Thursday, March 25, 2010

Ed Schultz: Use Government to “Equal Out” Talk Radio Audience

Wednesday, March 24, 2010

Women vs. Feminists: Blame For Rape

Via the Marquette feminist blog, Word Warrior, the fact that women are more likely to say that women are at least sometimes at least partially at fault when they are raped.
A majority of women believe some rape victims should take responsibility for what happened, a survey suggests.

Almost three quarters of the women who believed this said if a victim got into bed with the assailant before an attack they should accept some responsibility.
So only three quarters said a woman can get into bed with a man and not be at least partially responsible when she is raped?
One-third blamed victims who had dressed provocatively or gone back to the attacker’s house for a drink.

The survey of more than 1,000 people in London marked the 10th anniversary of the Haven service for rape victims.

More than half of those of both sexes questioned said there were some circumstances when a rape victim should accept responsibility for an attack.

Less forgiving

The study found that women were less forgiving of the victim than men.

Of the women who believed some victims should take responsibility, 71% thought a person should accept responsibility when getting into bed with someone, compared with 57% of men.
This, of course, flatly contradicts the feminist notion that rape is an issue that pits evil males against poor innocent females.

Indeed, Marquette Professor Theresa Tobin has insisted that rape is a strategy that all men use to subordinate all women.

It seems that real-world women didn’t get the memo from academic feminists.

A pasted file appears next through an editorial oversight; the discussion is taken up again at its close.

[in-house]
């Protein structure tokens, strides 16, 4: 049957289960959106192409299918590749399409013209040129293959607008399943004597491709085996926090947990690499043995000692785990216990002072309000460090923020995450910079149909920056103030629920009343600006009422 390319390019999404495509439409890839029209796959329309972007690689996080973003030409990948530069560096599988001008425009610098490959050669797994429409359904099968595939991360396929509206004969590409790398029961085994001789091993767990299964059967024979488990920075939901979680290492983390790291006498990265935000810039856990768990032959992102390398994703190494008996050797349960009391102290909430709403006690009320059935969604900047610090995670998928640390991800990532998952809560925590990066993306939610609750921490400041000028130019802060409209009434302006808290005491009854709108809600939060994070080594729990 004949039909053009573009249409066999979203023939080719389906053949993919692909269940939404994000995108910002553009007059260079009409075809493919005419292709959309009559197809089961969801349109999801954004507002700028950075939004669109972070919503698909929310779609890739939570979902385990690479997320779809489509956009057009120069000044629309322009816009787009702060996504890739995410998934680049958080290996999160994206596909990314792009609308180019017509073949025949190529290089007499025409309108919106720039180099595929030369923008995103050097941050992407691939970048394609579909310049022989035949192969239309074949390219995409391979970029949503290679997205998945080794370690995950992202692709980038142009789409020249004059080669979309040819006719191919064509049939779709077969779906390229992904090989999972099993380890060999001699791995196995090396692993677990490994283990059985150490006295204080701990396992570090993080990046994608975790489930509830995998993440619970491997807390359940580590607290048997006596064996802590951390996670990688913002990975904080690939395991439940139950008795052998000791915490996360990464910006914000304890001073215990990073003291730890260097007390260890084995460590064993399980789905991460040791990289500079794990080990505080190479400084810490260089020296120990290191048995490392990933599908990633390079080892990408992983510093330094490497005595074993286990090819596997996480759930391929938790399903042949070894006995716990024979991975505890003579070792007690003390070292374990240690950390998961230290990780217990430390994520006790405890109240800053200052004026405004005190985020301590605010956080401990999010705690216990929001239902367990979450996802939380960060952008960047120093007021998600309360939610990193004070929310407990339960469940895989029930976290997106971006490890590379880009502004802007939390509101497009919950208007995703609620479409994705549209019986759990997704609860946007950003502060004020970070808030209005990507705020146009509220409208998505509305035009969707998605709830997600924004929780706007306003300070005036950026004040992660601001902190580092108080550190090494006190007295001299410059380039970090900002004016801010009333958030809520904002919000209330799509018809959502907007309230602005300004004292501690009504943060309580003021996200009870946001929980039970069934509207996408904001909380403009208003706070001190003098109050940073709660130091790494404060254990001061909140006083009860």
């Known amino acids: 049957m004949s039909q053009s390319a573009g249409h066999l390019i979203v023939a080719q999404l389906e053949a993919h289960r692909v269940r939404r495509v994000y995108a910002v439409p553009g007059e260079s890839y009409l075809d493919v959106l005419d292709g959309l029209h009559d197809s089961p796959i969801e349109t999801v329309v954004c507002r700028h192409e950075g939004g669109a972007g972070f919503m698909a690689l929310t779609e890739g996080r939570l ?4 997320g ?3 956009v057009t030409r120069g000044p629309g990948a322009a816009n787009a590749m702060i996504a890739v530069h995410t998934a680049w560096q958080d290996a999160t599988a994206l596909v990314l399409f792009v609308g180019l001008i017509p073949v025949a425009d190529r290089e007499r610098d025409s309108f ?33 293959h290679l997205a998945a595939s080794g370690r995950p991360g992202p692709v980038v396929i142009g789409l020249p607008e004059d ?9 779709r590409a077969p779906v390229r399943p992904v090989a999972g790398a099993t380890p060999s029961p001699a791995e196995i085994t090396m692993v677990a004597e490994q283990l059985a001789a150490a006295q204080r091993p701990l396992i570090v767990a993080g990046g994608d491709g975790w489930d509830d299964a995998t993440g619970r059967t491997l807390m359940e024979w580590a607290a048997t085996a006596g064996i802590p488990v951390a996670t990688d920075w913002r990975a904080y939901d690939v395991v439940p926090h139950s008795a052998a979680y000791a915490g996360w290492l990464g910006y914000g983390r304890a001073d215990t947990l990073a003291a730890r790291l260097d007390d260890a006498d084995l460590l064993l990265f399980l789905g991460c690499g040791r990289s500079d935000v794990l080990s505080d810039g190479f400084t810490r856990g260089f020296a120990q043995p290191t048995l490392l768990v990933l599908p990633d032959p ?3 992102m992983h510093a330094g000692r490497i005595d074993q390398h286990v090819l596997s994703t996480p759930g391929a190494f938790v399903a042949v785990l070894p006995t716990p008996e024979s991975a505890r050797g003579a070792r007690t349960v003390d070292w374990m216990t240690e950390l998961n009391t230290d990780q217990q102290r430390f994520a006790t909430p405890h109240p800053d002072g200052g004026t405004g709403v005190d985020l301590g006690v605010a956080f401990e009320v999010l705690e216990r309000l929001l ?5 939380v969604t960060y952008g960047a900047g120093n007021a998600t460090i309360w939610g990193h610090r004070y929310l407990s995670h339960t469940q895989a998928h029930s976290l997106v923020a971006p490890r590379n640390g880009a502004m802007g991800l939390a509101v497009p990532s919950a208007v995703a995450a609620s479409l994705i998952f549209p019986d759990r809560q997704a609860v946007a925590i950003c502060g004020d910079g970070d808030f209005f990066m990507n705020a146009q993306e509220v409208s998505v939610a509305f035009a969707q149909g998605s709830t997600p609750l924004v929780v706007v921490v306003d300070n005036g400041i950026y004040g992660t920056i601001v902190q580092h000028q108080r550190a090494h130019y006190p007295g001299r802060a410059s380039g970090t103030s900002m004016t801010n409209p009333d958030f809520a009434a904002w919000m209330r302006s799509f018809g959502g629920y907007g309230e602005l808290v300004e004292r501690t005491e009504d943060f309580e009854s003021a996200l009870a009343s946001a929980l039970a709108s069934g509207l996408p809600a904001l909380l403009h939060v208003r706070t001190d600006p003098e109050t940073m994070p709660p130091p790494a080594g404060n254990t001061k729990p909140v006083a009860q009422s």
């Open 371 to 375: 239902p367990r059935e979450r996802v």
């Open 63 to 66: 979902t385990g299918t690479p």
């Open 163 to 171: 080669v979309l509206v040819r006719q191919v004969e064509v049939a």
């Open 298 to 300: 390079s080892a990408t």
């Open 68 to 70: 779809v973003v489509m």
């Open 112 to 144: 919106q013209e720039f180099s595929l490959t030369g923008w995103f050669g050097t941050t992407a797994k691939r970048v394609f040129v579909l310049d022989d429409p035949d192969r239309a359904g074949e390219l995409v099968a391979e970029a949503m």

Our theory about this is that women know far better than men how devious and scheming women can be.

And men know better than women how brutal and immoral men can be.

Whatever the reason this is an issue (abortion is another) on which real-world women don’t think like feminists think they should.

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Wednesday, March 10, 2010

Marquette Radio Talk Show

One of our students, Joe Mahoney, has a talk show on MU radio. We were on it back in February, and had a good time. The other guests were representatives from the College Democrats and the College Republicans.

Mahoney is clearly conservative, and uses Bill O’Reily’s theme music as part of the show. He’s a nice guy, so liberals shouldn’t hesitate to come on the show and promote their viewpoint.

Or for that matter, call in.

The show is a plus for campus political discussion, and deserves a listen and maybe (especially if you disagree with something said) a phone call to debate an issue.

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Thursday, March 04, 2010

Obama Flip-Flop on “Cadillac” Tax Plans

Tuesday, March 02, 2010

Europe Doesn’t Get Religious Freedom: Majority Support For Banning the Burka

From the Financial Times:
More than half of voters in four other major European states back a push by France’s Nicolas Sarkozy to ban women from wearing the burka, according to an opinion poll for the Financial Times.

As Mr Sarkozy presses ahead with plans to ban the wearing of the burka in public places, the FT’s latest Harris poll shows the move is not just strongly supported in France, but wins enthusiastic backing in the UK, Italy, Spain and Germany.